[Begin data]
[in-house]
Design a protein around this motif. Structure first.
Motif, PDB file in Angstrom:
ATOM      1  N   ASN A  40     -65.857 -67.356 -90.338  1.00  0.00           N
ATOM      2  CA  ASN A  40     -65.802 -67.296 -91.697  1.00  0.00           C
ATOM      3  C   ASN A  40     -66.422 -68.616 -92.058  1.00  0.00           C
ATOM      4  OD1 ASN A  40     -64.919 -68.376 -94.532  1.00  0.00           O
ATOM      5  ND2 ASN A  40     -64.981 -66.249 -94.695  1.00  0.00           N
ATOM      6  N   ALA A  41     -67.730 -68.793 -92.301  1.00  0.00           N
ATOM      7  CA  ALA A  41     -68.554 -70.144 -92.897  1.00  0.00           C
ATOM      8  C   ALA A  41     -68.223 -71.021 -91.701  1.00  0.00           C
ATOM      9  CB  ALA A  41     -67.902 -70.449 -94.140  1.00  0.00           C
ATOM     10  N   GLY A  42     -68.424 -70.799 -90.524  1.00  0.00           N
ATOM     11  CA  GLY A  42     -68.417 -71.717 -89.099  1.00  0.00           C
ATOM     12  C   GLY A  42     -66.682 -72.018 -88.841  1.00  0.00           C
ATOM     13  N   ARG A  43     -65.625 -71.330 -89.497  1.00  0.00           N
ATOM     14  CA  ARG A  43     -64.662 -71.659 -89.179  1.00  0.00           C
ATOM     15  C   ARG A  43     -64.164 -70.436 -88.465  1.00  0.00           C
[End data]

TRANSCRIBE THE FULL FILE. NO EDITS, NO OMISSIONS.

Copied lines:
[in-house]
Design a protein around this motif. Structure first.
Motif, PDB file in Angstrom:
ATOM      1  N   ASN A  40     -65.857 -67.356 -90.338  1.00  0.00           N
ATOM      2  CA  ASN A  40     -65.802 -67.296 -91.697  1.00  0.00           C
ATOM      3  C   ASN A  40     -66.422 -68.616 -92.058  1.00  0.00           C
ATOM      4  OD1 ASN A  40     -64.919 -68.376 -94.532  1.00  0.00           O
ATOM      5  ND2 ASN A  40     -64.981 -66.249 -94.695  1.00  0.00           N
ATOM      6  N   ALA A  41     -67.730 -68.793 -92.301  1.00  0.00           N
ATOM      7  CA  ALA A  41     -68.554 -70.144 -92.897  1.00  0.00           C
ATOM      8  C   ALA A  41     -68.223 -71.021 -91.701  1.00  0.00           C
ATOM      9  CB  ALA A  41     -67.902 -70.449 -94.140  1.00  0.00           C
ATOM     10  N   GLY A  42     -68.424 -70.799 -90.524  1.00  0.00           N
ATOM     11  CA  GLY A  42     -68.417 -71.717 -89.099  1.00  0.00           C
ATOM     12  C   GLY A  42     -66.682 -72.018 -88.841  1.00  0.00           C
ATOM     13  N   ARG A  43     -65.625 -71.330 -89.497  1.00  0.00           N
ATOM     14  CA  ARG A  43     -64.662 -71.659 -89.179  1.00  0.00           C
ATOM     15  C   ARG A  43     -64.164 -70.436 -88.465  1.00  0.00           C